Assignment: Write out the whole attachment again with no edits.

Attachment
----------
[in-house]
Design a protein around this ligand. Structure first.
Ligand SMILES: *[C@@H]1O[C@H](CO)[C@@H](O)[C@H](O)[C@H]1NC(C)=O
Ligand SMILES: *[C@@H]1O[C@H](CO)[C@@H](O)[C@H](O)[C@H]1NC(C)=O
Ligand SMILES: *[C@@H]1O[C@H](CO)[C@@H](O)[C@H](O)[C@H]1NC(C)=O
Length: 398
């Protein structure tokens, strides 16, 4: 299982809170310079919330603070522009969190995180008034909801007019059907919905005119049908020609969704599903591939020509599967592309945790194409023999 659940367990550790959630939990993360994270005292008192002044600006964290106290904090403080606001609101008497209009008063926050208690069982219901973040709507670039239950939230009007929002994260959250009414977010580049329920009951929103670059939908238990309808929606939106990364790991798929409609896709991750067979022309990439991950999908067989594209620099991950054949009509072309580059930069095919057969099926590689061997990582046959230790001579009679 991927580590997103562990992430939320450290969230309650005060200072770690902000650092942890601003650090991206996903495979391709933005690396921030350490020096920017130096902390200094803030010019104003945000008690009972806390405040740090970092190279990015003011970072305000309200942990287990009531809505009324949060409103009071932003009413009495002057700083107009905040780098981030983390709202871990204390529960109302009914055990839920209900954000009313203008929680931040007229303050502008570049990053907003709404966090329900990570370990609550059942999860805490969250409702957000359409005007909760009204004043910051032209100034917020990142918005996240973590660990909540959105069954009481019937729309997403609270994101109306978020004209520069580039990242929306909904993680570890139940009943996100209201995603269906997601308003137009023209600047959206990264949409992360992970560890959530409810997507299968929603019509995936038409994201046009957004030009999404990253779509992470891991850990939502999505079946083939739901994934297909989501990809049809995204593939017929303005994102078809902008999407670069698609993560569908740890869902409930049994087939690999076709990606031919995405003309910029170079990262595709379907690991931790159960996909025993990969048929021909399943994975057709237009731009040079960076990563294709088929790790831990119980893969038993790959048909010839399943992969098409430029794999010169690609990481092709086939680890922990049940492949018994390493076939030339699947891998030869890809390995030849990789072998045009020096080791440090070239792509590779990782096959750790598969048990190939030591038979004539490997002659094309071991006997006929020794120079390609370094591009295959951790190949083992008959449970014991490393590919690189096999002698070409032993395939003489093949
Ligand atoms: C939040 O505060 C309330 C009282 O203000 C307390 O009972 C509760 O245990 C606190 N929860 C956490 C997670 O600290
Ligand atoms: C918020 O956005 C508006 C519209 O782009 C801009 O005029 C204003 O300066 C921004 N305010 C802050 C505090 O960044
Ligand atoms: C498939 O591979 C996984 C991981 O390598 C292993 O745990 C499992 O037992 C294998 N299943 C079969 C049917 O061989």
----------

[in-house]
Design a protein around this ligand. Structure first.
Ligand SMILES: *[C@@H]1O[C@H](CO)[C@@H](O)[C@H](O)[C@H]1NC(C)=O
Ligand SMILES: *[C@@H]1O[C@H](CO)[C@@H](O)[C@H](O)[C@H]1NC(C)=O
Ligand SMILES: *[C@@H]1O[C@H](CO)[C@@H](O)[C@H](O)[C@H]1NC(C)=O
Length: 398
């Protein structure tokens, strides 16, 4: 299982809170310079919330603070522009969190995180008034909801007019059907919905005119049908020609969704599903591939020509599967592309945790194409023999 659940367990550790959630939990993360994270005292008192002044600006964290106290904090403080606001609101008497209009008063926050208690069982219901973040709507670039239950939230009007929002994260959250009414977010580049329920009951929103670059939908238990309808929606939106990364790991798929409609896709991750067979022309990439991950999908067989594209620099991950054949009509072309580059930069095919057969099926590689061997990582046959230790001579009679 991927580590997103562990992430939320450290969230309650005060200072770690902000650092942890601003650090991206996903495979391709933005690396921030350490020096920017130096902390200094803030010019104003945000008690009972806390405040740090970092190279990015003011970072305000309200942990287990009531809505009324949060409103009071932003009413009495002057700083107009905040780098981030983390709202871990204390529960109302009914055990839920209900954000009313203008929680931040007229303050502008570049990053907003709404966090329900990570370990609550059942999860805490969250409702957000359409005007909760009204004043910051032209100034917020990142918005996240973590660990909540959105069954009481019937729309997403609270994101109306978020004209520069580039990242929306909904993680570890139940009943996100209201995603269906997601308003137009023209600047959206990264949409992360992970560890959530409810997507299968929603019509995936038409994201046009957004030009999404990253779509992470891991850990939502999505079946083939739901994934297909989501990809049809995204593939017929303005994102078809902008999407670069698609993560569908740890869902409930049994087939690999076709990606031919995405003309910029170079990262595709379907690991931790159960996909025993990969048929021909399943994975057709237009731009040079960076990563294709088929790790831990119980893969038993790959048909010839399943992969098409430029794999010169690609990481092709086939680890922990049940492949018994390493076939030339699947891998030869890809390995030849990789072998045009020096080791440090070239792509590779990782096959750790598969048990190939030591038979004539490997002659094309071991006997006929020794120079390609370094591009295959951790190949083992008959449970014991490393590919690189096999002698070409032993395939003489093949
Ligand atoms: C939040 O505060 C309330 C009282 O203000 C307390 O009972 C509760 O245990 C606190 N929860 C956490 C997670 O600290
Ligand atoms: C918020 O956005 C508006 C519209 O782009 C801009 O005029 C204003 O300066 C921004 N305010 C802050 C505090 O960044
Ligand atoms: C498939 O591979 C996984 C991981 O390598 C292993 O745990 C499992 O037992 C294998 N299943 C079969 C049917 O061989």